When you're logged in using a “Computer Administrator” account, you have permission to change any aspect of Windows, including any file, folder, or user account. This is exactly what you need when you're installing new hardware or software, managing user accounts, setting permissions on folders, or performing other system management tasks.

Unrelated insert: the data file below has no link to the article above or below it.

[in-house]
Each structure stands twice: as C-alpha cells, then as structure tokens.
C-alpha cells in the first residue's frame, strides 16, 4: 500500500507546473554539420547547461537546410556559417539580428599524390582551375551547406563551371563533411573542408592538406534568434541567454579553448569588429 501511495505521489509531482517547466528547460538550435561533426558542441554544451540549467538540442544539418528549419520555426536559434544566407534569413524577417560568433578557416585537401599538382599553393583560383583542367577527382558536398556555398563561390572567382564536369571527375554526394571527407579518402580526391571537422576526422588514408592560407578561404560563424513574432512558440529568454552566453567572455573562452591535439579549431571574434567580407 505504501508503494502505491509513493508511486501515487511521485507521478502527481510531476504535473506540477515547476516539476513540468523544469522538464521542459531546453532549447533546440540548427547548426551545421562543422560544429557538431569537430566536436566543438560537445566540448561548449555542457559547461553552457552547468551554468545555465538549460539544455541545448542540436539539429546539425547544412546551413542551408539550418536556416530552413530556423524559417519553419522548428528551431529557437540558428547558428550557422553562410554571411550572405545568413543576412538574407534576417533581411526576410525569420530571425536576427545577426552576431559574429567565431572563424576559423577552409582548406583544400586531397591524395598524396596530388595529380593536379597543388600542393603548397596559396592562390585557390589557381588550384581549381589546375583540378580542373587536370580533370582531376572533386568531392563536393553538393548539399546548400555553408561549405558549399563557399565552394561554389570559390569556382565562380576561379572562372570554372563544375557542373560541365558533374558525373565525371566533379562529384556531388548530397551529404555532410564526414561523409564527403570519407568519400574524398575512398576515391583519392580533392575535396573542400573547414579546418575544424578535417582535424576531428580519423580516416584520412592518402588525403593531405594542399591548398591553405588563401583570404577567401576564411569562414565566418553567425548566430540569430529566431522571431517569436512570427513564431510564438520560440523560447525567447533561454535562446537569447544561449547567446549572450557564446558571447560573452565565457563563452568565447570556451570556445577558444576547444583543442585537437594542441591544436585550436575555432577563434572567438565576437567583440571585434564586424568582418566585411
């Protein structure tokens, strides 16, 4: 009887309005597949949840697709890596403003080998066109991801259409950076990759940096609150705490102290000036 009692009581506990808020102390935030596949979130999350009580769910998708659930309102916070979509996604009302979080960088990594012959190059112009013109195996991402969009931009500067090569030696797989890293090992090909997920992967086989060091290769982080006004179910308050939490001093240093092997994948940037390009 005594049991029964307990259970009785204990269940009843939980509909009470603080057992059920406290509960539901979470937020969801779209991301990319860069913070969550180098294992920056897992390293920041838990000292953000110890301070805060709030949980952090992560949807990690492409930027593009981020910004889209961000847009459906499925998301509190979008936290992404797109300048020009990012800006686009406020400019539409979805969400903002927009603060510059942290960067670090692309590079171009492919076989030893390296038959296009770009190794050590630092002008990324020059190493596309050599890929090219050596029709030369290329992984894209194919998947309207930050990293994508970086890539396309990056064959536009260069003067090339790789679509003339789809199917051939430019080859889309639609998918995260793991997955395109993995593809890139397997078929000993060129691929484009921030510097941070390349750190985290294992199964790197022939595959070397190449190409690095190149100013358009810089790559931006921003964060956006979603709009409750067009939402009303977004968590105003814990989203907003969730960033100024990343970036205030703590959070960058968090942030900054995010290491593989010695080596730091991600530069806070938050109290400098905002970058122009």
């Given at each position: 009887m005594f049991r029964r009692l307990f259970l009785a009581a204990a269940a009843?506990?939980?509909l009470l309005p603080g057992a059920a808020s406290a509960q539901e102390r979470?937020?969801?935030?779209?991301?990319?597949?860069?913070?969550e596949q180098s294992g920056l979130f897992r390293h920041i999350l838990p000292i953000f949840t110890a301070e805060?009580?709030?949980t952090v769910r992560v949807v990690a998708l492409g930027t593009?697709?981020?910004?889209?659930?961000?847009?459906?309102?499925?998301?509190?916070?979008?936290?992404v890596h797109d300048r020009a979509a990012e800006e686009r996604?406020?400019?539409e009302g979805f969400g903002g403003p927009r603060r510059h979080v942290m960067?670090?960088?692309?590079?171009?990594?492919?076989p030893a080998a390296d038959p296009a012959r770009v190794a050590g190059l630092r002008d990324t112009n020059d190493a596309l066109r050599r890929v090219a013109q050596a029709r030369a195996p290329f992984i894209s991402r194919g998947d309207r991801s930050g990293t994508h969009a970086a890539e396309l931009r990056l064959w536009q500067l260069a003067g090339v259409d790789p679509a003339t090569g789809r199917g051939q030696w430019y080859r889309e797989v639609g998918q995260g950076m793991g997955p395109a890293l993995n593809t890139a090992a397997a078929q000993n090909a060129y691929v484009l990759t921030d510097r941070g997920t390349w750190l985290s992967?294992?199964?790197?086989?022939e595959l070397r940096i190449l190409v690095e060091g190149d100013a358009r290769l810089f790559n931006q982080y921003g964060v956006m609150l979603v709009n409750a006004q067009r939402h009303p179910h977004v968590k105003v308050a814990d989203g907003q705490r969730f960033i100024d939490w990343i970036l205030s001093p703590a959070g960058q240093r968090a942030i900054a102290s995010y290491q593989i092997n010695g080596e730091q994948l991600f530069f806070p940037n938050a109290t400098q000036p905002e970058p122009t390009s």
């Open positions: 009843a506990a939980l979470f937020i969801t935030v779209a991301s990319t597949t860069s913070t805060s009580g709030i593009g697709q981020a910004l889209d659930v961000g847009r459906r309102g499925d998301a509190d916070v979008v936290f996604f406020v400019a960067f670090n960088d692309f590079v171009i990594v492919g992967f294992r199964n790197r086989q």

However, this carte blanche power is overkill for day-to-day work. While it may seem convenient, using the Administrator account poses several risks:
You might inadvertently delete a crucial file needed for system operation.
You might accidentally receive an email virus, or visit a Web page that has malicious script code embedded inside. Run from the context of an Administrator user ...